Thymocytes (5 × 107) were labeled ex vivo with carboxyfluorescein diacetate succinimidyl ester (CFSE; Molecular Probes, Eugene, OR) in 1 mL PBS containing 50 nM or 5 nM of CFSE. Cells from Lck-Cre+-Crryflox/flox and Lck-Cre−-Crryflox/flox mice were mixed at a 1:1 ratio and injected into recipient mice through the tail vein (5 × 107 cells/recipient). Alternatively, thymocytes were first incubated in 5% mouse serum at 37°C for 45 minutes, washed, labeled with CFSE, and injected into recipient mice as described earlier. Splenocytes were harvested 1 hour after injection and analyzed by FACS for the ratio of Crry-deficient and -sufficient cells among CFSE-labeled cells after staining with anti-SCR3/4.
Data were analyzed by Student t test. P values less than .05 were considered significant.
Generation of a Crryflox/flox mouse by gene targeting
To circumvent embryonic lethality caused by global Crry knockout,16 we used the Cre/loxP approach to generate a conditional Crry knockout mouse. Our strategy for targeting the Crry gene is shown in Figure 1A. We inserted 2 LoxP sites to flank exon 5 of the mouse Crry gene. Exon 5 encodes short-consensus repeat (SCR) 3 and 4 in the Crry protein, and these domains are critical for its function.16,25,26 Neomycin (neo), used as a positive selection marker during ES cell screening, was inserted between exon 5 and 6 (Figure 1A). To allow its subsequent excision from the recombinant Crry allele by FLP recombinase, the neo gene was flanked by 2 FRT sequences from the yeast Saccharomyces cerevisiae27 (Figure 1A).
We screened more than 600 drug-resistant ES cell clones by Southern blot analysis after HindIII digestion of genomic DNA and identified a single positive clone (Figure 1B). This ES cell clone was then expanded and used to produce 6 chimeras, all of which subsequently transmitted the recombinant Crry allele through germ line. Heterozygous Crry mice containing LoxP and neo insertions (Crryflox−neo/+) were crossed with transgenic mice expressing the enhanced version of FRT site-specific FLP recombinase (FLPe)19 to excise the neo gene and produce Crryflox/+, and eventually Crryflox/flox mice (Figure 1C).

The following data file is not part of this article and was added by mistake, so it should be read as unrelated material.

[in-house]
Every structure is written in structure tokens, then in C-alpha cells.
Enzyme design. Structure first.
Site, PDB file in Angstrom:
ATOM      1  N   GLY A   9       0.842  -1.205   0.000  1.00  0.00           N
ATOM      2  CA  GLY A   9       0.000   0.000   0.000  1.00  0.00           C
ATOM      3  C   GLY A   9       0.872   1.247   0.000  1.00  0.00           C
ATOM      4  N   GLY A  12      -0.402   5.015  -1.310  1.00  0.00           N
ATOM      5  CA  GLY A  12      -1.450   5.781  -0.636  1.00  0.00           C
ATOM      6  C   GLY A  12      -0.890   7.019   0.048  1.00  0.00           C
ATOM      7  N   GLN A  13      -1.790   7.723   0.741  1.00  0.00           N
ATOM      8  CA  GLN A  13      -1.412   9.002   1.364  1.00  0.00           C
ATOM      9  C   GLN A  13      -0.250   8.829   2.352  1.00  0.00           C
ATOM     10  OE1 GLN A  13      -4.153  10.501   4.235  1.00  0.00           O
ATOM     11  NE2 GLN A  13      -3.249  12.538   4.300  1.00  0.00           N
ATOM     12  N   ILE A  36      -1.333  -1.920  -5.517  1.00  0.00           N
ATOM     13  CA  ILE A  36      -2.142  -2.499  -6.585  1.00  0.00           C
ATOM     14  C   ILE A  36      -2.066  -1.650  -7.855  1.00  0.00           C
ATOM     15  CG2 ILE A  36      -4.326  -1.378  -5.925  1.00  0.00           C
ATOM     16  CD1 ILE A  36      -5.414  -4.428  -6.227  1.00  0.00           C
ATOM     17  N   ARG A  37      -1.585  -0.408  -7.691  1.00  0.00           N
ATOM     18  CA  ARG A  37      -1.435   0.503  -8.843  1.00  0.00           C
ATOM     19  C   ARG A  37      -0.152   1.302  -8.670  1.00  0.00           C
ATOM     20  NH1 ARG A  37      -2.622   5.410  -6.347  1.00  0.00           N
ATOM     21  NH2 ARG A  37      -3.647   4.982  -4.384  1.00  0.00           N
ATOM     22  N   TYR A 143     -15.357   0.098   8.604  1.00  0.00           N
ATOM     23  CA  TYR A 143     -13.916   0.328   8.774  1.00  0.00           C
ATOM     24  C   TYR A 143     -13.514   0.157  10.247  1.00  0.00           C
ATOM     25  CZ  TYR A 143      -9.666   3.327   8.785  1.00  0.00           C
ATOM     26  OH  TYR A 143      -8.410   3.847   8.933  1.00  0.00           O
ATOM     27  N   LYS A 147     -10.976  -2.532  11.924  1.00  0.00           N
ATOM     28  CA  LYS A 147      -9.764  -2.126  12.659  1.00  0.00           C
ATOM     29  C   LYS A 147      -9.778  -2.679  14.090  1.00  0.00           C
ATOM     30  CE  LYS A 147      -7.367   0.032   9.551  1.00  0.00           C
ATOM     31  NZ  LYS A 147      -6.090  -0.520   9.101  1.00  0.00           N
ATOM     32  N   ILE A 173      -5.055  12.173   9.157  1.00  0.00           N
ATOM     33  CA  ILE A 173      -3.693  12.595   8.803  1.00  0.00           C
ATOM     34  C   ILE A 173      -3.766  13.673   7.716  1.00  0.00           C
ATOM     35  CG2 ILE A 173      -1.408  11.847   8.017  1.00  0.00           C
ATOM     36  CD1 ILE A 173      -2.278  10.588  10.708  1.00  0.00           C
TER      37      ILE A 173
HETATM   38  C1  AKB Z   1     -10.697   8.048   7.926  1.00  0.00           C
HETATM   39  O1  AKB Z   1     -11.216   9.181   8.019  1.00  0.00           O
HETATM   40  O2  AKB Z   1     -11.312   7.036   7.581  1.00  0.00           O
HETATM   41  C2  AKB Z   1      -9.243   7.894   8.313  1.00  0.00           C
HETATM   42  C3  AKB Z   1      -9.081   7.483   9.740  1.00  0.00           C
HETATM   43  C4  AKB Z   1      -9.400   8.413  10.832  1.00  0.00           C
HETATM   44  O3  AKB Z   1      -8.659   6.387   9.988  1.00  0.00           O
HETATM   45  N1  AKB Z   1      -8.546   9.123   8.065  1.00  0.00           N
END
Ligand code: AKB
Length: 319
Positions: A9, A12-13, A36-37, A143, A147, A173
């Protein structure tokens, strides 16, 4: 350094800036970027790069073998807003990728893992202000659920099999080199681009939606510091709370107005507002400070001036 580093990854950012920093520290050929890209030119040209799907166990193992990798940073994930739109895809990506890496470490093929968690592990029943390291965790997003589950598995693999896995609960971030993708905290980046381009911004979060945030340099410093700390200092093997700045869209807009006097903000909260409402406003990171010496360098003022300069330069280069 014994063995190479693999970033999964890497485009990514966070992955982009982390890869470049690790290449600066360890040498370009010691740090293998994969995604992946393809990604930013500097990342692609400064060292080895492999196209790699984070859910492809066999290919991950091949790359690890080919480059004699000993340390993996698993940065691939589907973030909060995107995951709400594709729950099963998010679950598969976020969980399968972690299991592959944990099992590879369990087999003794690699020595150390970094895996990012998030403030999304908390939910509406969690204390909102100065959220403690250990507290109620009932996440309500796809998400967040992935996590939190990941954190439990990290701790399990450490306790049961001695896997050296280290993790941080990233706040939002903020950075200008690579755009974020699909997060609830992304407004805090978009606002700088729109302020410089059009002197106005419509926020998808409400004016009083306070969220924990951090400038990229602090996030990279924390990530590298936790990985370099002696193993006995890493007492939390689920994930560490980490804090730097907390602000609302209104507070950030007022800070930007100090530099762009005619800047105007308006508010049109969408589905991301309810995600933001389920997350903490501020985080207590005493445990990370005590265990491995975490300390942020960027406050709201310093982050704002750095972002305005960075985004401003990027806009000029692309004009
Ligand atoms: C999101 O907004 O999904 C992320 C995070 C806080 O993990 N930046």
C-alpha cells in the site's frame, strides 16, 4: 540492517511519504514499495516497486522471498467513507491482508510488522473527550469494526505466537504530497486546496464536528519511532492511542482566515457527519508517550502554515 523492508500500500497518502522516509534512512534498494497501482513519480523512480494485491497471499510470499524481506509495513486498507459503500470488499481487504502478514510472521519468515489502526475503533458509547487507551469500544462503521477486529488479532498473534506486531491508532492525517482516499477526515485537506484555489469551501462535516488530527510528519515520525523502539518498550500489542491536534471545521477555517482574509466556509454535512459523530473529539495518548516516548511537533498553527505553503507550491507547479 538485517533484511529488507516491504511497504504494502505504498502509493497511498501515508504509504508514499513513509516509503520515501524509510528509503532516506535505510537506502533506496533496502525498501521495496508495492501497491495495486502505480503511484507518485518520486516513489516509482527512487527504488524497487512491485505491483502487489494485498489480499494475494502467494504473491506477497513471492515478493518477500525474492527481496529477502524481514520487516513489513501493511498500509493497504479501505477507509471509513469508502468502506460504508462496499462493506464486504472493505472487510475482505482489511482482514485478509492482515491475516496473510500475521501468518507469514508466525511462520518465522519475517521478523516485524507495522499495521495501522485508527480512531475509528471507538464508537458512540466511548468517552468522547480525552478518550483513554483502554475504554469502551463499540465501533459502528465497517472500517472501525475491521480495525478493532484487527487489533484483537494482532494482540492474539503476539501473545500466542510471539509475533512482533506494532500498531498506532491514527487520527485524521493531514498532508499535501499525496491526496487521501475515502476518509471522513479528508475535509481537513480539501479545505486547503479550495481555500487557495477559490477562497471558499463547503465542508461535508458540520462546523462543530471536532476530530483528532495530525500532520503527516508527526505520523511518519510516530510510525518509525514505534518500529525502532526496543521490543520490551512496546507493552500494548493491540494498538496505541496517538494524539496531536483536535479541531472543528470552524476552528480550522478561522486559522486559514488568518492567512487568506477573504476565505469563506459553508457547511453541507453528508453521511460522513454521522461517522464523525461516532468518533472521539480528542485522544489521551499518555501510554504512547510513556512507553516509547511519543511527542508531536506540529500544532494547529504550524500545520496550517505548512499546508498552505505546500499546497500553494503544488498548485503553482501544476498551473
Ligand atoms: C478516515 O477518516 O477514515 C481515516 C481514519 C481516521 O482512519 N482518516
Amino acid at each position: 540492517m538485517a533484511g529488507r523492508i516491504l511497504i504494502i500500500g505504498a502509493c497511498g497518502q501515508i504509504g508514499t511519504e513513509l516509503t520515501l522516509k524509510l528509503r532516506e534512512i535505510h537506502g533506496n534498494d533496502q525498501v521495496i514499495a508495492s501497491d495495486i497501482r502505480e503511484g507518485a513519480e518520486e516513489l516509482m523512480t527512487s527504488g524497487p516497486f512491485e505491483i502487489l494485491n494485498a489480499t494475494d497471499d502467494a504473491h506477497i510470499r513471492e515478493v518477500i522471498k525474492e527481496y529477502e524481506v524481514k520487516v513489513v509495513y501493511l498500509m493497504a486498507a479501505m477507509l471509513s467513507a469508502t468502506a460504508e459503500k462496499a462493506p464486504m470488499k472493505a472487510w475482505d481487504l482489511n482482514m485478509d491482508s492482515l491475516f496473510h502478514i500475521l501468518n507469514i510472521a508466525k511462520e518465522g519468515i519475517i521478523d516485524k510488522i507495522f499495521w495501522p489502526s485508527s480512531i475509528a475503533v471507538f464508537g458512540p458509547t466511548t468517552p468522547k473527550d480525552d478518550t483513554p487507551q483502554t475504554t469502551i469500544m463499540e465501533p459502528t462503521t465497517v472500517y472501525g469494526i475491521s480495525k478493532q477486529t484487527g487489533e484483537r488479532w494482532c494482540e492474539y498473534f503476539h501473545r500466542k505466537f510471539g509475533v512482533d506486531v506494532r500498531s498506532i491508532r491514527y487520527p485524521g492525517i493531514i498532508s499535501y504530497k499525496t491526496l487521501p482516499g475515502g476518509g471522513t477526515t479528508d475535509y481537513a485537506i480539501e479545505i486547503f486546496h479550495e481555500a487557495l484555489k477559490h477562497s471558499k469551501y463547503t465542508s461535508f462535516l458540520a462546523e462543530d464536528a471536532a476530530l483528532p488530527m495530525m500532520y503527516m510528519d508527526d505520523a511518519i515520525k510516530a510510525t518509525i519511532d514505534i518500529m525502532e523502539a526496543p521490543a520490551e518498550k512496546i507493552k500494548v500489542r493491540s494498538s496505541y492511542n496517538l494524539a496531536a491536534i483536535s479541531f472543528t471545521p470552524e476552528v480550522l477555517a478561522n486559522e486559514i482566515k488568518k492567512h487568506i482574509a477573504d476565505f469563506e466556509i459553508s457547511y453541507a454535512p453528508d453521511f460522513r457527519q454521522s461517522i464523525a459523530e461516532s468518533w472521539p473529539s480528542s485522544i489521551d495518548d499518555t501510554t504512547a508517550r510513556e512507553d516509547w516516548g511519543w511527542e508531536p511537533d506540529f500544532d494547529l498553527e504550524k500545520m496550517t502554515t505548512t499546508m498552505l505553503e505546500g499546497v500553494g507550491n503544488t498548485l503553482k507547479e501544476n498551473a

Thymus-specific mutation of the Crry gene
To inactivate Crry on T lymphocytes, we crossed the Crryflox/flox mouse with CD4-Cre and Lck-Cre transgenic mice.28,29 As expected, PCR analysis of thymus DNA showed that exon 5 of the Crry gene was deleted in CD4-Cre+- and Lck-Cre+-Crryflox/flox but not in Cre−-Crryflox/flox mice (Figure 1D). Importantly, deletion of exon 5 was not observed in the liver or the kidney of the same mice, suggesting that mutation of the Crry gene was thymus specific (Figure 1D; data not shown).
We next analyzed the Crry gene mutation at the mRNA and protein levels. We performed reverse transcriptase PCR (RT-PCR) and, as expected, detected a shortened Crry mRNA species in the thymus of CD4-Cre+- and Lck-Cre+-Crryflox/flox mice (Figure 2A). Again, production of this mutant Crry mRNA was detected only in Cre+ mice and was thymus specific (Figure 2A). cDNA cloning and sequence analysis confirmed the absence of exon 5 sequence in the shortened Crry mRNA and showed an open-reading frame encoding a mutant Crry protein lacking SCR 3 and 4 (CrryΔ3-4; Figure 2B). The latter finding was unexpected, because deletion of exon 5 should have caused a frame shift and introduced an early stop codon to terminate protein translation beyond SCR 2. It appeared that a cryptic donor splice site was used in transcribing the mutant Crry mRNA, enabling the coding sequence downstream of SCR 3 to 4 to remain in frame.